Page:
William Carey: Father of Modern Missions

We are therefore Christ's ambassadors, as though God were making his appeal through us. (2 Corinthians 5: 20 NIV)

The 18th-century revival in England rippled throughout the world. Transformed Christians were available for God's work. Their goal was to win others to faith in Christ, and at the same time they sought to abolish social conditions that destroyed lives. Robert Raikes began Sunday schools for poor working children in Glouster, England. John Howard, a friend of John Wesley, worked for reform in prisons.

This era also witnessed the birth of modern missions. William Carey (1761-1834), a self-educated shoemaker and pastor in England, organized the Baptist Missionary Society in 1792. He inspired colleagues with a sermon entitled, "Expect Great Things from God; Attempt Great Things for God." In 1793 he sailed for Calcutta, India, where he quickly mastered the language, managed an indigo factory, translated the Bible into Bengali, and preached the gospel everywhere. In addition, Carey learned Sanskrit, established schools, supervised and edited translations of the Bible into 36 languages, pioneered social reform, and established an Agricultural and Horticultural Society of India.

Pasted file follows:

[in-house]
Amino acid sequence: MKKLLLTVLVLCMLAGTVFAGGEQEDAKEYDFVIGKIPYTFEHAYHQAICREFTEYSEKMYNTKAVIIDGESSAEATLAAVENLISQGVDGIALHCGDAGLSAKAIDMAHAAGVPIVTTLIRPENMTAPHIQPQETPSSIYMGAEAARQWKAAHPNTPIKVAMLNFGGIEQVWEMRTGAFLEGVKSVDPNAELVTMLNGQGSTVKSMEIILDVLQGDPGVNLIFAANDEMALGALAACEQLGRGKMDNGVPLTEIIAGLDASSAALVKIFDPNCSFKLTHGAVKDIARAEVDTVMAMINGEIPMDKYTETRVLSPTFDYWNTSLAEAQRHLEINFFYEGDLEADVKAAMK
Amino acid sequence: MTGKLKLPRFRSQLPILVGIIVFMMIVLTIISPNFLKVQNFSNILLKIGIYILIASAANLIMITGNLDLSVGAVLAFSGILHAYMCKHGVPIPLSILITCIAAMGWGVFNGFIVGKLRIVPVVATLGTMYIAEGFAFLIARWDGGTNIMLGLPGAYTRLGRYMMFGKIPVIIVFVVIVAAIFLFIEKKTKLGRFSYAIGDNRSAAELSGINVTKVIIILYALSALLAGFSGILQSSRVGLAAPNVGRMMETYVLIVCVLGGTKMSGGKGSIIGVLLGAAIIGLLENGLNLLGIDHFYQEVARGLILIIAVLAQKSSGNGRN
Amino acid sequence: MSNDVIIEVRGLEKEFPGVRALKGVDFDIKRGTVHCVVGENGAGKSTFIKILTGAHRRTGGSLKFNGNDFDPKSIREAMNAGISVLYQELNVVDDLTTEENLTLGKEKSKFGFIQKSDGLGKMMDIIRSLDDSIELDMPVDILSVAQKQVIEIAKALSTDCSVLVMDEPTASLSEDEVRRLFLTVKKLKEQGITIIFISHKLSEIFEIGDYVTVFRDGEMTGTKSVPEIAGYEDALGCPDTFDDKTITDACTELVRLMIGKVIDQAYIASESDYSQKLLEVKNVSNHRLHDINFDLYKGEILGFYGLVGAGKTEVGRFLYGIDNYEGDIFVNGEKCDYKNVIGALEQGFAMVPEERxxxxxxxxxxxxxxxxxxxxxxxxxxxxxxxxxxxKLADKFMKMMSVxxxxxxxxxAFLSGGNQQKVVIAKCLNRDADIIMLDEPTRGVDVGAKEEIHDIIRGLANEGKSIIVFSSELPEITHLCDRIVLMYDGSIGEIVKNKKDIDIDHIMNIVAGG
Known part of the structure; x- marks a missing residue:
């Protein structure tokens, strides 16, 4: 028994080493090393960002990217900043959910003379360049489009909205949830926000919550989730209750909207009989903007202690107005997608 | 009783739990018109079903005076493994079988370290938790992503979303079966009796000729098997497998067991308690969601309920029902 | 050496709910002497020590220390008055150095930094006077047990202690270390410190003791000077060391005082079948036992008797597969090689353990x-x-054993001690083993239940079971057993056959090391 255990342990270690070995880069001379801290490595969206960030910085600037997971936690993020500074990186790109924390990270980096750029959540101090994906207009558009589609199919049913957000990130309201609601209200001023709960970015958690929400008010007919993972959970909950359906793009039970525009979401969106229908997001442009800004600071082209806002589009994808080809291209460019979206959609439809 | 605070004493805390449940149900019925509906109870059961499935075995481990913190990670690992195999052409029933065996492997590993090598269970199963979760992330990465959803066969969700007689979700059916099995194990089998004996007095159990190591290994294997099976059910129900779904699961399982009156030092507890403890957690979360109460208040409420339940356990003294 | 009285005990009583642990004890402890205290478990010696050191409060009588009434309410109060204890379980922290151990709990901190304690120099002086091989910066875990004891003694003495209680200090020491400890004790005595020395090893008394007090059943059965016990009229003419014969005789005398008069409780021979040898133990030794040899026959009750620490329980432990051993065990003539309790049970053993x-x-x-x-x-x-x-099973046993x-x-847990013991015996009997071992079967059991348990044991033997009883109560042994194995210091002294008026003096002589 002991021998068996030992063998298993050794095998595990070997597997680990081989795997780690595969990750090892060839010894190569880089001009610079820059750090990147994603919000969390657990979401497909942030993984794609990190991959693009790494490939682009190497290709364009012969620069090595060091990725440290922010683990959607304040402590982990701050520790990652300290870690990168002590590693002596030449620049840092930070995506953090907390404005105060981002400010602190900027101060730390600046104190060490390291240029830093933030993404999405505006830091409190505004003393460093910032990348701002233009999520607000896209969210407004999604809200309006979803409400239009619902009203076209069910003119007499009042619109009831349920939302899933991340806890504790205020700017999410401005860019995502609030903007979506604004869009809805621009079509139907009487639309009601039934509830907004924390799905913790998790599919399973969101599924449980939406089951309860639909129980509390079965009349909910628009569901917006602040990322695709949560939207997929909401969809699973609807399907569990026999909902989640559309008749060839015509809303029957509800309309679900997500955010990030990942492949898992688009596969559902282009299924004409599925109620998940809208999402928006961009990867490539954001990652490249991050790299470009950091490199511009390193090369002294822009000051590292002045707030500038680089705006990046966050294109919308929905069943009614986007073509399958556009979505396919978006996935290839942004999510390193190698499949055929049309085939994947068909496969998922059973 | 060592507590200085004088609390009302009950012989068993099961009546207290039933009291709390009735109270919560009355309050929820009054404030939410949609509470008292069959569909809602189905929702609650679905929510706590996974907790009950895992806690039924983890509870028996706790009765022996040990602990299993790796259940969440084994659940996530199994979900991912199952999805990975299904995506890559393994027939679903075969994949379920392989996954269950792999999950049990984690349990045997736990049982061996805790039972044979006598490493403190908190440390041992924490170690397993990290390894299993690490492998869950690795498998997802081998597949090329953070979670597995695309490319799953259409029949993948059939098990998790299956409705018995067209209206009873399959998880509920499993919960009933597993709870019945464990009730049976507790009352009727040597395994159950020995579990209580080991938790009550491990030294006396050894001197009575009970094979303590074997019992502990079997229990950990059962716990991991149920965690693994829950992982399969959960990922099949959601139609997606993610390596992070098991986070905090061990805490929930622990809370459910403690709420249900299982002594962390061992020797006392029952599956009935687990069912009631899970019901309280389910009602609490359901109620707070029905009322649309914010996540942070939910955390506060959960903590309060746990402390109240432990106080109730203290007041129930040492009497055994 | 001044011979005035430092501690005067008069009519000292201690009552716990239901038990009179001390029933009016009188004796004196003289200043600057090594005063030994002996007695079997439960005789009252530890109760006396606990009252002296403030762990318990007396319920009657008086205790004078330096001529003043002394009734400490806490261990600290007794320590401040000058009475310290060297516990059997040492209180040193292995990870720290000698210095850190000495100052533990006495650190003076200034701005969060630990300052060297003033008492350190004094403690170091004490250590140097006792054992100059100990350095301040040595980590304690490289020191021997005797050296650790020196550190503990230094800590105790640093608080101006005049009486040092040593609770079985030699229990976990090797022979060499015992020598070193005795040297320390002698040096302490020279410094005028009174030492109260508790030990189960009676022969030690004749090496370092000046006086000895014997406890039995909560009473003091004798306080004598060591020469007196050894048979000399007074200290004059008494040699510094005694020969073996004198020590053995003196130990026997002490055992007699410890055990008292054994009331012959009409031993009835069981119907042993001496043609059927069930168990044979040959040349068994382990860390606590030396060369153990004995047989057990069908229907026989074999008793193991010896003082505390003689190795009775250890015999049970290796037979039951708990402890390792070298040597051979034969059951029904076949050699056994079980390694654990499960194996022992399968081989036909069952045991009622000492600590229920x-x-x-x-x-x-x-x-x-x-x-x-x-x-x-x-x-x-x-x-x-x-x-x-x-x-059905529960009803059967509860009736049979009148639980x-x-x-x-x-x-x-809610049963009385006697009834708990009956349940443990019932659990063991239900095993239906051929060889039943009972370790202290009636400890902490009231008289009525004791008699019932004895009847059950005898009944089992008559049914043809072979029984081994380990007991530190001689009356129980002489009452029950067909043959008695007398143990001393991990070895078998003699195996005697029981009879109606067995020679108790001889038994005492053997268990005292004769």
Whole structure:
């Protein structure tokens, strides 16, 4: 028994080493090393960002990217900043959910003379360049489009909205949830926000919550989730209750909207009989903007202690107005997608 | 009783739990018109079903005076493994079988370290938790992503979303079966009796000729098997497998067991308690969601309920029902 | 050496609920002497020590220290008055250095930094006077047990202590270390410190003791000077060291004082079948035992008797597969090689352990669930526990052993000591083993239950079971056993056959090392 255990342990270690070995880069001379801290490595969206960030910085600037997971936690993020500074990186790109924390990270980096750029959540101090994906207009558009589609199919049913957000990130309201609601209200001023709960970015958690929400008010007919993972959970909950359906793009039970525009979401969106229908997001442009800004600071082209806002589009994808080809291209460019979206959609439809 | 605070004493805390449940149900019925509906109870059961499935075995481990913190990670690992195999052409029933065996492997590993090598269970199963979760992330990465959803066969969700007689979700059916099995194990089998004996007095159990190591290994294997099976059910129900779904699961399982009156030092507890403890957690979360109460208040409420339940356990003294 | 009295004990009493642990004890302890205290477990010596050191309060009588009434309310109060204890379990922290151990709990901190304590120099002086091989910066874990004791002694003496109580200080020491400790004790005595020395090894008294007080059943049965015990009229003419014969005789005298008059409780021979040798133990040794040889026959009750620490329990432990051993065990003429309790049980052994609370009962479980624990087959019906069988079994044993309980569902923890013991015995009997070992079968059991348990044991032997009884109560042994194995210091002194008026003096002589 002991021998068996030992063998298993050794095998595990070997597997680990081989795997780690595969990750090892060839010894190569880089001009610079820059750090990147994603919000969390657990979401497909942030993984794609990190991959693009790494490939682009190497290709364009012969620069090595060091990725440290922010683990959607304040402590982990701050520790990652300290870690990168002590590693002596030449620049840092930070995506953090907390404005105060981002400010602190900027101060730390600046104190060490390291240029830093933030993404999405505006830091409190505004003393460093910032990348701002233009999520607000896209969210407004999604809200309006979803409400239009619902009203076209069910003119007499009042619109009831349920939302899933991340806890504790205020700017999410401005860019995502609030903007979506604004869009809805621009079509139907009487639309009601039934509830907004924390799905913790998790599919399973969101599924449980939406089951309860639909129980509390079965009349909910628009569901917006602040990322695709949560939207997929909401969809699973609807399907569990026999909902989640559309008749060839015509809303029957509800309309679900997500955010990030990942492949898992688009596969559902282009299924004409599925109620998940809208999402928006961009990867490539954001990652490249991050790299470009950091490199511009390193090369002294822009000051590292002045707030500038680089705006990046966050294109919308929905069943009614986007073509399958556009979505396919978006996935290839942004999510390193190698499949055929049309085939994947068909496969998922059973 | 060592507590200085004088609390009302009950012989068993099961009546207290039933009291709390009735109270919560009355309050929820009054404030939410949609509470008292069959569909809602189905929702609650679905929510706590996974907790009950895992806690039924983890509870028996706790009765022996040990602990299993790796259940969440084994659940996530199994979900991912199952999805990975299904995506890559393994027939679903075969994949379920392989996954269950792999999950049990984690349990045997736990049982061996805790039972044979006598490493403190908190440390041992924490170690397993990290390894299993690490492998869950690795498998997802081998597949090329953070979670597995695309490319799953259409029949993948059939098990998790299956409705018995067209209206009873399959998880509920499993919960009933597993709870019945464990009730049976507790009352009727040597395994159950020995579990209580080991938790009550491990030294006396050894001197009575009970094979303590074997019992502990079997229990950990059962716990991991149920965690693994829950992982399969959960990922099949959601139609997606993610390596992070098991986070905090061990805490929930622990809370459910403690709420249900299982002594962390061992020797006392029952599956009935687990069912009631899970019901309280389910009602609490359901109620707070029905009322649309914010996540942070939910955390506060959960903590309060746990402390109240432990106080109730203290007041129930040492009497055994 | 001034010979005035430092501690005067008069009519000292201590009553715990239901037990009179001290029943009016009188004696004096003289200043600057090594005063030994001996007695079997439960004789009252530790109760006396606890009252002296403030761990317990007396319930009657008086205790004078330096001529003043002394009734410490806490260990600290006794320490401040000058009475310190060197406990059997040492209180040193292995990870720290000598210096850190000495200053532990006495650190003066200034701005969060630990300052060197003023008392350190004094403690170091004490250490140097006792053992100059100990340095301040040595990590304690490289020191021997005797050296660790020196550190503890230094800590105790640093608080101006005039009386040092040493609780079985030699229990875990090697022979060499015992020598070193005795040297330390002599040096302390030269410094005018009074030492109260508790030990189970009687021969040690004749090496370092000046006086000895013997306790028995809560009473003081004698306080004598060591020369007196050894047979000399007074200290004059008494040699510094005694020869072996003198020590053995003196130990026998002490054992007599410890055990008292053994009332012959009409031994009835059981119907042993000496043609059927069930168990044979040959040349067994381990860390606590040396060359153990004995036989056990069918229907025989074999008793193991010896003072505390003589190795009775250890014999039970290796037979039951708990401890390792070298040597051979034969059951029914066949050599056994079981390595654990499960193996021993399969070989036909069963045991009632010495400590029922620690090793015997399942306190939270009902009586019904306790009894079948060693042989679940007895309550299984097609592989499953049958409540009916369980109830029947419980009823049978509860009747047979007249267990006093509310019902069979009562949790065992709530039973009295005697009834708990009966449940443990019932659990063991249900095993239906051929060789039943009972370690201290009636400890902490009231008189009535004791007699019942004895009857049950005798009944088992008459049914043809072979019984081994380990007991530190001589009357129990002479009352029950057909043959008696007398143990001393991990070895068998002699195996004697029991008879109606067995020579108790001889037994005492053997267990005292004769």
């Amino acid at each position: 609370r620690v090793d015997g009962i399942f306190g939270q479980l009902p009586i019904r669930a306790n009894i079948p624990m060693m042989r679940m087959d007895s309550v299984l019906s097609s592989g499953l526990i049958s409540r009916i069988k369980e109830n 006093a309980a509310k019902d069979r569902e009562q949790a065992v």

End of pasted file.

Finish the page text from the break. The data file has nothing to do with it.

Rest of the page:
This father of modern missions spent 41 tireless years of labor in India. The secret to his dedication lay in his confidence in the Bible's teaching. He had learned the unequivocal truth that "God is a missionary God."


Prayer: God, give me your heart for the nations!

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